Current Progressive Dairy digital edition

0909 PD: Stretched to the limit? Don’t forget about equipment maintenance

Norm Schuring Published on 05 June 2009
Getting more mileage out of every investment is a common mindset during tough times.

You may wait a few extra milkings before changing liners, trying to stretch the time between regularly scheduled milking system maintenance. But what happens when performance is sacrificed and problems arise? Higher operational expenses, additional labor, parlor downtime and costly emergency services calls often result.

The emergency service call
Maintaining parlor performance through regularly scheduled maintenance is a “must do” regardless of the economy. Milk harvest and milk handling equipment wear over time and become less efficient, making proper machine maintenance by your milking machine dealer or other qualified specialist critical. Increasing intervals between regular maintenance can reduce labor and production efficiency, as well as milk quality. When emergency calls are needed, results may be unexpected downtime and higher costs than those associated with regularly scheduled maintenance.



A comprehensive evaluation of the milking system, using appropriate testing equipment to ensure it is functioning according to industry standards and performance guidelines, will provide multiple benefits, including:

• Predictable costs
While regular maintenance is an expense, it will assure the performance of your milking system and avoid both the high cost of emergency service and the loss of milking efficiency. By choosing to have your parlor serviced on a routine basis, you can keep operational costs more constant, reasonable and regular, allowing you to plan ahead and budget appropriately.

• Reduced parlor downtime
In most emergency situations, the parlor may be shut down completely, meaning milking schedules and parlor throughput will be negatively impacted. More and more operations are scheduled to operate 24/7, and the likely shutdown caused by emergency service should be avoided if on-farm operations are to be maintained.

• Added efficiencies and quality
Regular maintenance ensures machines are harvesting milk in a timely fashion, allowing for complete milkout and maintaining milk quality. Keep in mind that your milking system is used more hours per day than any other equipment and needs to be maintained in excellent condition since it is used to harvest the primary product marketed from your dairy.

• Minimize udder problems
Improperly functioning systems can often be a contributing factor to teat condition, mastitis and milk quality problems. For example, injury to teat tissue can result if the pulsation system is improperly maintained, leading to costly performance consequences and adding stress to the teat tissue, increasing the risk of udder infection.


Putting a price to maintenance
Producers who forgo maintenance often think the risks of emergency calls and parlor downtime won’t increase on their dairy. They think their staff and good luck can ward off such problems, avoiding having to pay for a service person to come to the dairy. It’s possible they are just trying to stretch the system’s performance and avoid maintenance by one additional month. Whatever the reason, and no matter how prepared you may feel, there are multiple risks to udder health and machine performance associated with deferred maintenance.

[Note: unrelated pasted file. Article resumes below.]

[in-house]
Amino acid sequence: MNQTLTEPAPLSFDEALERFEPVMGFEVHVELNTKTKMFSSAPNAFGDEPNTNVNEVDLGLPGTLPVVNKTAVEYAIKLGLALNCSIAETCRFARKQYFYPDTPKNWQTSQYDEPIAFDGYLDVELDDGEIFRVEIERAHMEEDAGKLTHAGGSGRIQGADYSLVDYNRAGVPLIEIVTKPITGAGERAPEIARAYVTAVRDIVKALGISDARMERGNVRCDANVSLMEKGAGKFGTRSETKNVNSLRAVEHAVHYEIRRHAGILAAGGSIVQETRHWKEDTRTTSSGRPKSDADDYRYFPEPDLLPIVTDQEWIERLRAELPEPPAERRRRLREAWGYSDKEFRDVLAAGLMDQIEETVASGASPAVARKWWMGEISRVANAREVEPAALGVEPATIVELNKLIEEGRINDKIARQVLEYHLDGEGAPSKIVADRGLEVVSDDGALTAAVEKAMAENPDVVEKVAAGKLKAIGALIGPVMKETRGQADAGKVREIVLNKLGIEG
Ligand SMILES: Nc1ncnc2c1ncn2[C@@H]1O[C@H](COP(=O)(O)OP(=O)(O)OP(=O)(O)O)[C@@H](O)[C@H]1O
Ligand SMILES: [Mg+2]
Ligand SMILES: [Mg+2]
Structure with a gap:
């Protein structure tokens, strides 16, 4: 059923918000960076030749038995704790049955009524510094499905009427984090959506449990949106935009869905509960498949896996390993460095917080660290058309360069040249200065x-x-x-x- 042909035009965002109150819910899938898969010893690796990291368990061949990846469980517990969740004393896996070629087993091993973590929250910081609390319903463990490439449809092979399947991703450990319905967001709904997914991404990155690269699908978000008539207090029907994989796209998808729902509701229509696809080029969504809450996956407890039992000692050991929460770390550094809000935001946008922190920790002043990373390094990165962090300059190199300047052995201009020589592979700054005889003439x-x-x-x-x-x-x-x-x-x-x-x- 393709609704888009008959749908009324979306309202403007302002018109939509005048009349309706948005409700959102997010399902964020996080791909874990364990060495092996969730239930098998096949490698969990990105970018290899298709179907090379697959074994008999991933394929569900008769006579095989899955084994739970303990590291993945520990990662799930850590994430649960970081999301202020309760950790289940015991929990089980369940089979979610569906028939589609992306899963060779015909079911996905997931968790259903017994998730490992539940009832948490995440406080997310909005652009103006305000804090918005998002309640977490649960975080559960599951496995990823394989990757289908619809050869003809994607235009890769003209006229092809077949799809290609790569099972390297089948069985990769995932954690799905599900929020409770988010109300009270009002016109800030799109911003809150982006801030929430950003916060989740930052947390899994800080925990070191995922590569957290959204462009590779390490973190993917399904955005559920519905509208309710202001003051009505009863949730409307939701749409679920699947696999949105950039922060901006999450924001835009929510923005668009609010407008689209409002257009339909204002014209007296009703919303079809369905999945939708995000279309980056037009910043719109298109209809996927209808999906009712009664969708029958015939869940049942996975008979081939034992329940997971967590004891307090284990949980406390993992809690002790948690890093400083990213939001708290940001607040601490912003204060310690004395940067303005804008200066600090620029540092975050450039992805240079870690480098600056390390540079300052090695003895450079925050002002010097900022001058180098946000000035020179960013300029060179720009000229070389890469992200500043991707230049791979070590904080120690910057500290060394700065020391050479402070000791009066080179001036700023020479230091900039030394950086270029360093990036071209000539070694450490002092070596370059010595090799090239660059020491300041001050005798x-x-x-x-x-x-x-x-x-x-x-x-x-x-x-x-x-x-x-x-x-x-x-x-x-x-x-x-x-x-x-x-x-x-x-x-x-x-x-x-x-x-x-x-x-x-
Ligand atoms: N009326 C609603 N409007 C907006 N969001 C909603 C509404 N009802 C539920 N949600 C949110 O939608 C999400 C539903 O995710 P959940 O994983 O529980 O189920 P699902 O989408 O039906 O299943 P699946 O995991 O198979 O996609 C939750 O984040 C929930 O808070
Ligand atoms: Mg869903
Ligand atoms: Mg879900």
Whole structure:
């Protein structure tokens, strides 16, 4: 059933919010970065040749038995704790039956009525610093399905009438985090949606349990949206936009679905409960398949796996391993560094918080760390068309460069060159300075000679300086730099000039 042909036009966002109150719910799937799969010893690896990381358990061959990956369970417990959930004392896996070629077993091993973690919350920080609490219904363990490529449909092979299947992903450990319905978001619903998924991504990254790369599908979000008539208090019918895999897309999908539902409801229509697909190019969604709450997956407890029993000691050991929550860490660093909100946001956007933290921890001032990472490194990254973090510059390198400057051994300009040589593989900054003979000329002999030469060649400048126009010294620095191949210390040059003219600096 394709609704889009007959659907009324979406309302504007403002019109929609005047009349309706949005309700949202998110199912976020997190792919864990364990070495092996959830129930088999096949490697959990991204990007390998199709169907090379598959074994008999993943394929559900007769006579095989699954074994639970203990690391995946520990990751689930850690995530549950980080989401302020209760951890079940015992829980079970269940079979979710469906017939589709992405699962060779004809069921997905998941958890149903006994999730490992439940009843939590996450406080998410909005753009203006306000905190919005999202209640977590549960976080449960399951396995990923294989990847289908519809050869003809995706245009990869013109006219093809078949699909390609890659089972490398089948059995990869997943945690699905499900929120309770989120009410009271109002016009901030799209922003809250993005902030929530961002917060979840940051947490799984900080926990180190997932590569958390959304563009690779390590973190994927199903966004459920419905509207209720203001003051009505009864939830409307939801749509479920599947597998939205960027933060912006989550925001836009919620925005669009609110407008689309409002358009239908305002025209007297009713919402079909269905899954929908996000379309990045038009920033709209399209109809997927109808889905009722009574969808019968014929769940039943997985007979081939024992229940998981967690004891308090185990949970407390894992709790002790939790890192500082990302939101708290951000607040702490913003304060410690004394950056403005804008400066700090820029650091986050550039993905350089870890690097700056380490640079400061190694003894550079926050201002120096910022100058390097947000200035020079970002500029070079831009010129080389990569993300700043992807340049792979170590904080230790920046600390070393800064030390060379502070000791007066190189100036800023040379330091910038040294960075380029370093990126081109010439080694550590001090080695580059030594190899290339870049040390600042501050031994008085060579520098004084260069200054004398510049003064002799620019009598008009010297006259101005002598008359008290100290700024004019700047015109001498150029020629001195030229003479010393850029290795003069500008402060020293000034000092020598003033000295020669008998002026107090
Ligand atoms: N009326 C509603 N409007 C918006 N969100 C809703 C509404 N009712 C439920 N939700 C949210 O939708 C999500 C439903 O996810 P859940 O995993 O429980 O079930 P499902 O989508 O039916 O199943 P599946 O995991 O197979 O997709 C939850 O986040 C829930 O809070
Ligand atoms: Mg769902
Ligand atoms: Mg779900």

The first and most important risks, of course, are the financial repercussions of deferred parlor maintenance. The cost of regularly scheduled maintenance is dependent on the size of the parlor and the amount of work needing to be done. However, as the example below illustrates, regularly scheduled maintenance is a small cost when compared to the benefits received. See Table 1*.

On the other hand, the next example shows maintenance costs for the same dairy when parts and labor are stretched a bit further, resulting in more emergency service calls. See Table 2*.

The additional $5,132.82 spent on maintenance may not, on the surface, seem significant, but there is more to consider than this cost alone. Some other factors that are also directly impacted:

• More revenue towards costs
More milk revenue from each cow will be put toward paying maintenance costs. While it’s only $0.01 per cow per day in this example, $0.01 each day of the lactation is $3 per cow and $4,500 annually on a 1,500-cow dairy.

• Quality
It’s imperative for udder health that machine functionality problems are avoided through regular maintenance. If cows are visibly uncomfortable from the milking machine attachment – kicking at the machine or evidencing sore teat ends – the problem has already manifested itself and may have already caused permanent damage. The purpose of regular maintenance is to avoid such problems by making changes before problems surface.


• Efficiency
Regular maintenance ensures the parlor is working at peak performance, helping to optimize efficiencies and throughput. Poorly functioning machines can slow throughput and negatively impact efficiencies and milkout, all of which ultimately impact your bottom line.

To provide the best environment in the milking parlor, keep parlor maintenance top-of-mind rather than waiting for a problem to arise. Averting problems, rather than treating them, can help to maintain milk quality and parlor throughput. Talk to your dealer about following NMC protocols to ensure your equipment is working at peak performance and revenue is maximized year ’round. PD

*Tables omitted but are available upon request to

Norm Schuring
Vice President for
GEA WestfaliaSurge